What’s your current position at your brewery, and how did you get started in the craft brewing industry?
I started the Church Brew Works back in 1996. Prior to that I worked in the steel industry, purchasing secondhand steel-making equipment from steel plants and selling the used equipment, both domestically and overseas. I started homebrewing in Boulder, Colorado back in 1987 while attending the University of Colorado and drinking fun beers down at Old Chicago on Pearl Street. My first intrigue with beer was at age five when I spied a colorful Goebels can under some rafters and shimmied under them to score my first beer can. I sort of grooved on the brewermania aspect at a young age. Since we are a brewpub, one needs to wear many hats and gain knowledge of project management, menu design, menu engineering, recipe formulation, marketing, and management.
What’s new at Church Brew Works?
2020 has been the most challenging year in our industry and we still have seven more months until June of 2021 when we can see light at the end of the business challenges. While we were in the process of installing our own Palmer Tech can line, we pivoted and brought an Iron Heart mobile canner to embrace the change much faster. We discontinued bottling about three years ago, which created a hiccup, but it is fun reconnecting with beer distributors and old customers with the can market. We also plan to convert a small storage space into a more youthful-oriented taproom and embrace newer style beers, but COVID-19 has put a hiatus to that venture.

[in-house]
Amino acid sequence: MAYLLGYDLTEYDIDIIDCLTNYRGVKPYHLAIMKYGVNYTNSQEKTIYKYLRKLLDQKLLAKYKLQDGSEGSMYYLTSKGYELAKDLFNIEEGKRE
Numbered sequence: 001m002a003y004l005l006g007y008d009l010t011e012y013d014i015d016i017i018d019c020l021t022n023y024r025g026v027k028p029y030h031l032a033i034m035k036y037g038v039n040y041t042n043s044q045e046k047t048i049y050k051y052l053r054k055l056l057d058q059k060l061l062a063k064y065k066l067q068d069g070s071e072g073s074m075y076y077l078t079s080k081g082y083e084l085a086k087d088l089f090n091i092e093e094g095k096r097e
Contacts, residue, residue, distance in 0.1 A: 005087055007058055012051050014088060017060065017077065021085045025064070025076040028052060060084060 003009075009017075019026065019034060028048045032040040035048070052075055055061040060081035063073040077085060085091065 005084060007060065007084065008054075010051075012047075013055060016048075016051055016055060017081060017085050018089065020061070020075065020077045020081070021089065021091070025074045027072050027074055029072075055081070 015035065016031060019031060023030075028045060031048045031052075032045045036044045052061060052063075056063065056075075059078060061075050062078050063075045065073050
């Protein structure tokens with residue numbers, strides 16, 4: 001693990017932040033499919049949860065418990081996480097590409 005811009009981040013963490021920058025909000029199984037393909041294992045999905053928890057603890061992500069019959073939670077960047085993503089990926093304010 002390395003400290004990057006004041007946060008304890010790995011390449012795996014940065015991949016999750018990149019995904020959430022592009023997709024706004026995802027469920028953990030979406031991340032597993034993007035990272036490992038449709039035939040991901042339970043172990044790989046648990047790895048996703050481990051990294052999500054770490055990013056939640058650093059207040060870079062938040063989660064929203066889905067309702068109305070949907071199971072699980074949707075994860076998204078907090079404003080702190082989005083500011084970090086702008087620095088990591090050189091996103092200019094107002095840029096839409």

What’s the best part of being a part of the craft brewing community?
There is an openness and comfort working with peers in the business. There are lifelong friendships made with peers that opened breweries around the same time as we did that are sort of the old guard in the business. There is a culture, history, and comradery around beer that transcends political beliefs, class, and race. Beer can simply bring people together in a common light. This is Pittsburgh, and I just can’t envision Pittsburghers bringing a glass of wine to a Steelers tailgate or a campfire. Beer helped create and define cultures in our cities 100-150 years ago in their first genesis. Craft beer is helping to revive so many urban areas, and even now smaller towns, to offer a vibrancy to these areas and breath new life and energy into communities. It is uplifting and fun.
Name a favorite food and beer pairing.
Spring rolls with a peanut dipping sauce and a nice Trippel ale.
What’s your biggest accomplishment unrelated to your job?
I was at a bourbon tasting the other night put on by a rep I have known for over 50 years, that included another person attending that I’ve known for 47 years. I have been fortunate to have such longtime friends from pre-K, high school, and college, and now have newer friends too. I have been happily married for 21 years with two great kids. So, this answer is more about what is worth cherishing.
What’s your favorite beer from another brewery?
Ayinger Brewery makes a ton of great beers and I love the whole genre of German Oktoberfest.
What do you like to do in your time away from the brewery?
I enjoy going on kitesurfing trips with friends and my extended family who all used to windsurf together. I enjoy skiing out West and playing lots of pickup soccer and a bit of golf. I enjoy getting together with a few friends and sharing stories and beers at firepits.
What’s the most memorable travel destination at which you’ve had a chance to sample the local beer?
Southern China in 1993. One warm 17-oz. beer would be handed with every meal, no one spoke English, and there was no refrigeration so all the food was super fresh. Also, Zambia 1992. There were droughts, lack of bread, and blazing hot sun, so on the rare occasion a beer was procured, it was nirvana.